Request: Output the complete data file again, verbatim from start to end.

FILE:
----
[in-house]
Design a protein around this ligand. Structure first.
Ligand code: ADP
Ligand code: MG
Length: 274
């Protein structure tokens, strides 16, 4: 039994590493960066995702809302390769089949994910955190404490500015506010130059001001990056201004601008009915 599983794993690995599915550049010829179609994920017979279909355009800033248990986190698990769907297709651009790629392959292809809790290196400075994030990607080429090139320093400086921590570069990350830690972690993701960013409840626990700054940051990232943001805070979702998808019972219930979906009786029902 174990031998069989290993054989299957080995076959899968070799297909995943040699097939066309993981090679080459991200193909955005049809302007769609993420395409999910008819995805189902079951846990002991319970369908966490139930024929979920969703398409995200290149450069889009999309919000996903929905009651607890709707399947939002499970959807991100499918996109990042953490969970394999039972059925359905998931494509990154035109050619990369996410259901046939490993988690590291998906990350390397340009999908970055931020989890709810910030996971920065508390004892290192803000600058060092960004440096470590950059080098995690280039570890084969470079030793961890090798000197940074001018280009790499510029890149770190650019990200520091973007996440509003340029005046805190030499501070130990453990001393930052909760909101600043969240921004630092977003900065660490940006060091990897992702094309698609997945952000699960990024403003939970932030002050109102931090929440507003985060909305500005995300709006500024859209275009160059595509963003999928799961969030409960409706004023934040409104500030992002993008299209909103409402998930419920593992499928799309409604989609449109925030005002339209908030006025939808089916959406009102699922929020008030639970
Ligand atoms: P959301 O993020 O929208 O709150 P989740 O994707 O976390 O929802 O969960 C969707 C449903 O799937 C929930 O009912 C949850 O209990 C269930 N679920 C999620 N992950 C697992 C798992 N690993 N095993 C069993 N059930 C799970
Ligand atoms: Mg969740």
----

[in-house]
Design a protein around this ligand. Structure first.
Ligand code: ADP
Ligand code: MG
Length: 274
């Protein structure tokens, strides 16, 4: 039994590493960066995702809302390769089949994910955190404490500015506010130059001001990056201004601008009915 599983794993690995599915550049010829179609994920017979279909355009800033248990986190698990769907297709651009790629392959292809809790290196400075994030990607080429090139320093400086921590570069990350830690972690993701960013409840626990700054940051990232943001805070979702998808019972219930979906009786029902 174990031998069989290993054989299957080995076959899968070799297909995943040699097939066309993981090679080459991200193909955005049809302007769609993420395409999910008819995805189902079951846990002991319970369908966490139930024929979920969703398409995200290149450069889009999309919000996903929905009651607890709707399947939002499970959807991100499918996109990042953490969970394999039972059925359905998931494509990154035109050619990369996410259901046939490993988690590291998906990350390397340009999908970055931020989890709810910030996971920065508390004892290192803000600058060092960004440096470590950059080098995690280039570890084969470079030793961890090798000197940074001018280009790499510029890149770190650019990200520091973007996440509003340029005046805190030499501070130990453990001393930052909760909101600043969240921004630092977003900065660490940006060091990897992702094309698609997945952000699960990024403003939970932030002050109102931090929440507003985060909305500005995300709006500024859209275009160059595509963003999928799961969030409960409706004023934040409104500030992002993008299209909103409402998930419920593992499928799309409604989609449109925030005002339209908030006025939808089916959406009102699922929020008030639970
Ligand atoms: P959301 O993020 O929208 O709150 P989740 O994707 O976390 O929802 O969960 C969707 C449903 O799937 C929930 O009912 C949850 O209990 C269930 N679920 C999620 N992950 C697992 C798992 N690993 N095993 C069993 N059930 C799970
Ligand atoms: Mg969740």